Teaching Tough Topics: Teaching Civil War History in Mississippi As Symbols Fall
In Mississippi, the Civil War still stirs emotions. It’s not so much that teachers disagree on how it should be taught, but that ongoing attempts by the University of Mississippi and several cities across the South to shed Confederate symbols have called up old ghosts. Sandra Knispel reports.
Historian John Neff, director of the University of Mississippi’s Center for Civil War Research, explains some of the history found right in the middle of the campus.
“This is the cemetery established in 1862, following the Battle of Shiloh,” he says. “Buried under our feet, right on campus, absent markers or headstones, lie the remains of at least 400 soldiers…The Confederate wounded who were brought South from Shiloh to Corinth, were then redistributed to a number of northern Mississippi cities. The young men that did not survive their wounds in hospital were then buried here. “
Steeped in tradition, the Ole Miss campus is alive with reminders of its Confederate past. To become more inclusive, the school renamed a road from “Confederate Drive” to “Chapel Lane” this summer. It recently decided to stop flying the state flag because of its Confederate battle flag emblem. Progressives and traditionalists clash here regularly over whether history should celebrate and embrace the past.
“We are all of us pursued by our history. We are shaped by it. But our current everyday environment should really reflect our values as much as they reflect historical values,” Neff says.
That leaves teachers to focus on an objective historical narrative while trying to ignore the biases of the moment.
“It really isn’t down to a debate between states’ rights or slavery causing the Civil War,” says Melissa Jones, editor of the website Mississippi History Now. “What really caused the Civil War is the expansion of slavery. It was really important to the South after the conclusion of the Mexican War.”
Michael Cathey, a social studies teacher in Coffeeville, a small town some 30 miles south of Oxford, agrees.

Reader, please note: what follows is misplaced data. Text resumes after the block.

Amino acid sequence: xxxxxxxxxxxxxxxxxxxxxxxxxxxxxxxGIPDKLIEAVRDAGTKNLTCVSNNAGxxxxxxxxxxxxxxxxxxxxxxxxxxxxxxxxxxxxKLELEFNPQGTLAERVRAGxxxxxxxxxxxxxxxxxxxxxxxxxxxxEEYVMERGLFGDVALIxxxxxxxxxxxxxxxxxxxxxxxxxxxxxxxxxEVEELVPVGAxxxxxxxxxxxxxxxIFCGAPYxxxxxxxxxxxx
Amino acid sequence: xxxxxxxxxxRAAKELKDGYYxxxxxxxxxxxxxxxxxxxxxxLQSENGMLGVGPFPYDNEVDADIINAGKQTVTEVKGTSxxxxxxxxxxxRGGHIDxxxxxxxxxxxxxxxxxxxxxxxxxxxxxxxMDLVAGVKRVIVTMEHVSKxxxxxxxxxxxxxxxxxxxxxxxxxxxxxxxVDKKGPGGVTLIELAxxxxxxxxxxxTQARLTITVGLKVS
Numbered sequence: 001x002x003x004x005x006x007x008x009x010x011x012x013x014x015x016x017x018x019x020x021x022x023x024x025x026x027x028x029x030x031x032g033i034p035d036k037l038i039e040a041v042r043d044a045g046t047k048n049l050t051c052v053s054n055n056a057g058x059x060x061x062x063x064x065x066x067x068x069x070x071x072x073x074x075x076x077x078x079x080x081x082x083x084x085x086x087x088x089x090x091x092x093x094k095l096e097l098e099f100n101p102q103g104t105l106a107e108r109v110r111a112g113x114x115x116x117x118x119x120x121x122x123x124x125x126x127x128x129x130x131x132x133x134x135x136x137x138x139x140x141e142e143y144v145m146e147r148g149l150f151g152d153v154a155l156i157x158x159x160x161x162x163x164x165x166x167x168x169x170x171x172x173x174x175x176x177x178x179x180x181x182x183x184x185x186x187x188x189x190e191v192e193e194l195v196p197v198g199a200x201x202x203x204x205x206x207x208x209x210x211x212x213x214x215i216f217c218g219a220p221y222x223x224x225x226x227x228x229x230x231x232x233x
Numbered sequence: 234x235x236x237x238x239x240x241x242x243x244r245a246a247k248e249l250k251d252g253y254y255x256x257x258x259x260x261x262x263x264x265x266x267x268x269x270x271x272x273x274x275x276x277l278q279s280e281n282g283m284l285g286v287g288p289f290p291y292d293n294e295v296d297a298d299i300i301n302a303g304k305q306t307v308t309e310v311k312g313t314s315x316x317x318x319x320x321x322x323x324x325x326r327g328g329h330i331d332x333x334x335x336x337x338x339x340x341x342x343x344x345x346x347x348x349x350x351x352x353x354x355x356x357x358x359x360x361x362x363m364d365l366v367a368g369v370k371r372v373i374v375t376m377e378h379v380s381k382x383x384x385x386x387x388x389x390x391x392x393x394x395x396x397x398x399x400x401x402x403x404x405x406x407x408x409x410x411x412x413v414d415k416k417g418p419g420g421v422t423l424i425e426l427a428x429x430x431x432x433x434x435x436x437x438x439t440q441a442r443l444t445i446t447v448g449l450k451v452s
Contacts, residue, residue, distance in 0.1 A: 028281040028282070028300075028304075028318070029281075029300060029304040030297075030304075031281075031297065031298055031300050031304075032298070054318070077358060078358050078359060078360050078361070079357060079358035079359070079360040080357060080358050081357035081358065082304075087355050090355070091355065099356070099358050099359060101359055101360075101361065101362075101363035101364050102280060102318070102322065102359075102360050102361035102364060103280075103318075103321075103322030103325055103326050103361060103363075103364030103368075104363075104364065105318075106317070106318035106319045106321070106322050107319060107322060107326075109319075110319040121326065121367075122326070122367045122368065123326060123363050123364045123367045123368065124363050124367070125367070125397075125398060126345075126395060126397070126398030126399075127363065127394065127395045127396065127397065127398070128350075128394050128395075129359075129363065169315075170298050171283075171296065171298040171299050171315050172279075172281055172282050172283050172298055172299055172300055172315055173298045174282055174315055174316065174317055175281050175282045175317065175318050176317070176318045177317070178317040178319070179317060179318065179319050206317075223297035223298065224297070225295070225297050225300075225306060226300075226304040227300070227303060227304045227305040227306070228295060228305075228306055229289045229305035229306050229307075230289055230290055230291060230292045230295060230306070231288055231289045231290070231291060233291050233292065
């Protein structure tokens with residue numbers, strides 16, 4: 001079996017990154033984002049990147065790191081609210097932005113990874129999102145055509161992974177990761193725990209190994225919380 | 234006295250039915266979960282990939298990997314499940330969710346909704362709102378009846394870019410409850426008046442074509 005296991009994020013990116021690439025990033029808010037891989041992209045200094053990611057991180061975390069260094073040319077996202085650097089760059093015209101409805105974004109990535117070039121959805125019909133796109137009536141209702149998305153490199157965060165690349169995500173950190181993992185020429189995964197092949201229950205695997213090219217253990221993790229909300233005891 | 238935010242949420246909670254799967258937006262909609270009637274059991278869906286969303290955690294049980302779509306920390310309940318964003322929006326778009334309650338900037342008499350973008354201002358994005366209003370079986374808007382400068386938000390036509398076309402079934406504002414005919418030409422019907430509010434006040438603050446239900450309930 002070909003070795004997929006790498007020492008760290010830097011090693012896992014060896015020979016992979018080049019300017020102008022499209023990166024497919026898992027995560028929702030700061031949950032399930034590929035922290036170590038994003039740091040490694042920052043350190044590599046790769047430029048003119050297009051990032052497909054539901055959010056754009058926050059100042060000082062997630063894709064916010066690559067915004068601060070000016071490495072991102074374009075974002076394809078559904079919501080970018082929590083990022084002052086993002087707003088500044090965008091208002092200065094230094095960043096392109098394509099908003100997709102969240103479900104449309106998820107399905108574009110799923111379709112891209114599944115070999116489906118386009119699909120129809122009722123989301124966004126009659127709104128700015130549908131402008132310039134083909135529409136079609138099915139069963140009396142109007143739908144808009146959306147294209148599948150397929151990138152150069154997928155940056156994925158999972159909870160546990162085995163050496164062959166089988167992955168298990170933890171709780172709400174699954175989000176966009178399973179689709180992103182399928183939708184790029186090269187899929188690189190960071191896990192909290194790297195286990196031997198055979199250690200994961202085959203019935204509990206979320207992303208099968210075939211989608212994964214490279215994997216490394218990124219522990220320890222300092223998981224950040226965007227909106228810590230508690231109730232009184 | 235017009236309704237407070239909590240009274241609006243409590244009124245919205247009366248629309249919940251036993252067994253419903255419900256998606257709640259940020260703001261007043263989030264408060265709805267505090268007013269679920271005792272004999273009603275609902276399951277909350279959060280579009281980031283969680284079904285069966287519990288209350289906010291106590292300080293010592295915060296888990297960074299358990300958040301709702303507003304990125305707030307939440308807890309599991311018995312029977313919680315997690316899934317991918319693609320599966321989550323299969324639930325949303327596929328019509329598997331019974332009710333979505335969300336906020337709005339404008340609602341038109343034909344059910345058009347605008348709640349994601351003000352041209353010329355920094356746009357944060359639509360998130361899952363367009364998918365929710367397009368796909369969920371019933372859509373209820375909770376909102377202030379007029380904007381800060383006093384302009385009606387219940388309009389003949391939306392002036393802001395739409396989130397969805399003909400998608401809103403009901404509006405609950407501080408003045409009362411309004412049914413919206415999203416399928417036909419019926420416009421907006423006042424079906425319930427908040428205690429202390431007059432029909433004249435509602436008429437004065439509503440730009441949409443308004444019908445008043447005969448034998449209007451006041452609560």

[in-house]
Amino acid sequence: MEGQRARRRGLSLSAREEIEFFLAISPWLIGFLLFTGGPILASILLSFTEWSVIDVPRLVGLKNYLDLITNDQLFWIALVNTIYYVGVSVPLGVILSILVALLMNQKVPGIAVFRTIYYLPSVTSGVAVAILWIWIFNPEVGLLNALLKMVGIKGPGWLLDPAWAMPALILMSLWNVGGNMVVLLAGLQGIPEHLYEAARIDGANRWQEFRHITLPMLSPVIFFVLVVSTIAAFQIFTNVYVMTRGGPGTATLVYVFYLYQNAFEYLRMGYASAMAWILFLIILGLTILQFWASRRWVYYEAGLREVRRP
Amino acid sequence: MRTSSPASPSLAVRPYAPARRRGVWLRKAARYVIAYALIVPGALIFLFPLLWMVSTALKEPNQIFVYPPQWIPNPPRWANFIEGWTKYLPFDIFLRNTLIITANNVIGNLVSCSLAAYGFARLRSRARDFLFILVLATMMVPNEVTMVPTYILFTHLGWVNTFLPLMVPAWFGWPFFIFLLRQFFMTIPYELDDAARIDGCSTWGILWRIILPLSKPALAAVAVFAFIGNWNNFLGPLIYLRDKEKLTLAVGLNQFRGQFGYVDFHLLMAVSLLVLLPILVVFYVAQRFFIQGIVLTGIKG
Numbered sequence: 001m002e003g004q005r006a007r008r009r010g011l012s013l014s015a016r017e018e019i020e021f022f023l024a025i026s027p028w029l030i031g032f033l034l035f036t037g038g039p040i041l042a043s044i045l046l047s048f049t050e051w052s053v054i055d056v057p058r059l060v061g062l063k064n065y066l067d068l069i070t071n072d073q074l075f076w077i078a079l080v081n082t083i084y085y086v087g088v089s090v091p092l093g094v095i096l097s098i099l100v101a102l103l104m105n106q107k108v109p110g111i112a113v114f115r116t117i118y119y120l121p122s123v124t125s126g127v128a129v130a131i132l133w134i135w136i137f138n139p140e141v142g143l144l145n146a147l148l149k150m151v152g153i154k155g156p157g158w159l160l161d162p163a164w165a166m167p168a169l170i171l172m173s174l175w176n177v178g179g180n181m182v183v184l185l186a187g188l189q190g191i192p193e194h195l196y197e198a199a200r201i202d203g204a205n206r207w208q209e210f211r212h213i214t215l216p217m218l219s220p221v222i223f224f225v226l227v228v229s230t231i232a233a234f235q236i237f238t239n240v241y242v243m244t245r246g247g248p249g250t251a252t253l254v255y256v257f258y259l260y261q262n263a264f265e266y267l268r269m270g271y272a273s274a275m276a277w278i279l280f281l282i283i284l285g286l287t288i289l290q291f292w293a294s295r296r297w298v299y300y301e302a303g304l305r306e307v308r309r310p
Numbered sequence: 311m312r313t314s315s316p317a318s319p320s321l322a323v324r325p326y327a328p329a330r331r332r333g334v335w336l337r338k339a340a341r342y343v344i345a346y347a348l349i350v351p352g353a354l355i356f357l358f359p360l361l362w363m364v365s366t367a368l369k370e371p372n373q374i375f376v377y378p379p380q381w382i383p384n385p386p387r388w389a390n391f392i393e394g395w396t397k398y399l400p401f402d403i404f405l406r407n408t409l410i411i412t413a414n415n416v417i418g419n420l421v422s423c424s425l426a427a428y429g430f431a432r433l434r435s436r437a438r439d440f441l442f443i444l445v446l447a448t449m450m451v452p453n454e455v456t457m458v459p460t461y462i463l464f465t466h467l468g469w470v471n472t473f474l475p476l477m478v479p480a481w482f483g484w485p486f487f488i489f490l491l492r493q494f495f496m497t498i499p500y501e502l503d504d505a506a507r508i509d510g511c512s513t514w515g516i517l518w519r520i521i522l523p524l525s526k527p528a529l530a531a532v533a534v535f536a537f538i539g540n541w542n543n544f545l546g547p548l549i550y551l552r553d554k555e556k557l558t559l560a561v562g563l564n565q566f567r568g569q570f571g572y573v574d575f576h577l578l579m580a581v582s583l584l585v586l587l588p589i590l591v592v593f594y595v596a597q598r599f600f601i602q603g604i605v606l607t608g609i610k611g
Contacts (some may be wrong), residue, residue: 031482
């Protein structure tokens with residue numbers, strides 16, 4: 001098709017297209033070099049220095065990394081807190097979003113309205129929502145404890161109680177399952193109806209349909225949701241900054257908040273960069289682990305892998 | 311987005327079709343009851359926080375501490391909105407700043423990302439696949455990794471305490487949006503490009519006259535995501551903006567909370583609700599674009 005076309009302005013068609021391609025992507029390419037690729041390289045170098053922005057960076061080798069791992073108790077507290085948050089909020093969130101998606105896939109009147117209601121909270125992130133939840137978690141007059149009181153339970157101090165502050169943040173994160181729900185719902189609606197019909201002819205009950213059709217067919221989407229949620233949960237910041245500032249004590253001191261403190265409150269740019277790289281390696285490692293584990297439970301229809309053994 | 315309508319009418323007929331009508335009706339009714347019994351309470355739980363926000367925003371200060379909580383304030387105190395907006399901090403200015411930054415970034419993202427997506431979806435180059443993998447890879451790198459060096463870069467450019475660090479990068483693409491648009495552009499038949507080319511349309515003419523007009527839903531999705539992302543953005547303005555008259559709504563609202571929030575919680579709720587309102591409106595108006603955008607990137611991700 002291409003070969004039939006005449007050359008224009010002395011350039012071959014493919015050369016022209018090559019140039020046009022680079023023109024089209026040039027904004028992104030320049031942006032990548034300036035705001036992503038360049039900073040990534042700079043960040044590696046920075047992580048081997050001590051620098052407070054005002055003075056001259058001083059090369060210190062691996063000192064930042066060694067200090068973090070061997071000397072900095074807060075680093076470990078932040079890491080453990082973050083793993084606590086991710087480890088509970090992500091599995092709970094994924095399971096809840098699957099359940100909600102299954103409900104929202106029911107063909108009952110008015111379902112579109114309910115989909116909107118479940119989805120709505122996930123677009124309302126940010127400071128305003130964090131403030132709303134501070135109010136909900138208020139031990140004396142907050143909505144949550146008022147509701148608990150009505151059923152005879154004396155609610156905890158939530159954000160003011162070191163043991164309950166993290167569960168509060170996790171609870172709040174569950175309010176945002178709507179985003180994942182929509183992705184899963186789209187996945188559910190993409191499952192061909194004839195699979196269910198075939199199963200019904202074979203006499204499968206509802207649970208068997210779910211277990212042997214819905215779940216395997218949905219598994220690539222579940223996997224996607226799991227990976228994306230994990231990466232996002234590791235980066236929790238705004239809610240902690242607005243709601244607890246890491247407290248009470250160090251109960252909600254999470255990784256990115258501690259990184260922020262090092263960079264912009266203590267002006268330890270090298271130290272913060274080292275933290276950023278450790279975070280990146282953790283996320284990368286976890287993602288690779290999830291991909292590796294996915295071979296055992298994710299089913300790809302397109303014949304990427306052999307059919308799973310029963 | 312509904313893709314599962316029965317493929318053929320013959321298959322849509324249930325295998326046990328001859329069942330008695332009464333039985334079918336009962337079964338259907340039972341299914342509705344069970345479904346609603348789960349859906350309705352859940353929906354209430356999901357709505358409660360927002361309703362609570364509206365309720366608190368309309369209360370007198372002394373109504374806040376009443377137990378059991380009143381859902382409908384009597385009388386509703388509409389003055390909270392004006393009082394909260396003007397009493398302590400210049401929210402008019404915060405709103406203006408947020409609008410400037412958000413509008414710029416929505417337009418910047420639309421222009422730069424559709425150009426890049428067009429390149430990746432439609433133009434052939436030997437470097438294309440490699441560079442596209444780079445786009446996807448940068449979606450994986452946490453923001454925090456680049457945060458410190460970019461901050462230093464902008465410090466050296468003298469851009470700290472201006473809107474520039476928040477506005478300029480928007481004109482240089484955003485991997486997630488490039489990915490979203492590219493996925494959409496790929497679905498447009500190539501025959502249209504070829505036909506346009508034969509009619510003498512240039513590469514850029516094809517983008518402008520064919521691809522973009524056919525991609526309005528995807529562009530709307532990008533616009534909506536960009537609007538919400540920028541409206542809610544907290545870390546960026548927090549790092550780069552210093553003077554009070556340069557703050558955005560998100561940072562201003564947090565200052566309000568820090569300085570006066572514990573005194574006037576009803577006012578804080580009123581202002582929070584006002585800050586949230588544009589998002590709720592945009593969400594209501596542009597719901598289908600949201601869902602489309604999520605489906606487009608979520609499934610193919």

”Mississippi during that time was based big on agriculture. And the Civil War—a lot of people debate about it, but the main issue was slavery,” says Cathey.
Coffeeville High School is about 98 percent African American. Understanding the Civil War, Cathey says, depends on your vantage point and color.
“It’s all about tradition,” Cathey says. “It’s all about family values about history. And I think we’ll always have a division when it comes down to it.”
In downtown Oxford, Ellen Foster, an Ole Miss professor of secondary social studies education, took her class of future teachers to St. Peter’s Episcopal Church to show history in context.
“This was a military hospital during the occupation of Oxford during the Civil War and the reason it survived the burning because it was a hospital,” she explains.
“Mississippi and Mississippi social studies teachers hold a special responsibility to teach all of our history,” Foster says. “The black spots, the dirty laundry. Because if we can’t talk about it and move toward understanding, not just tolerance but understanding, then we can’t expect the rest of the nation to.”
Having taught beforehand in Texas, Professor Foster says she’s noticed a different mentality in the Magnolia state, one reflected in a commonly used textbook.
“The 9th grade Mississippi Studies book tends to characterize the occupation of Mississippi during the Civil War and the post Reconstruction and continues to tell that story as an occupied people, that the federal government did this to us. And so it seems to take away the ownership of ‘we made these decisions and headed down this road.’ “
“The idea of victimhood endures even in the name of the war. Some conservative white Mississippians still refer to it as the ‘War of Northern Aggression,’” Foster says. “We fought that war and we are no longer an occupied people. Reconstruction is over.”
Classroom teachers say they have to find a way to balance accurately teaching Southern history while avoiding the ghosts of the region’s past.
This report is supported by a grant from the Corporation for Public Broadcasting.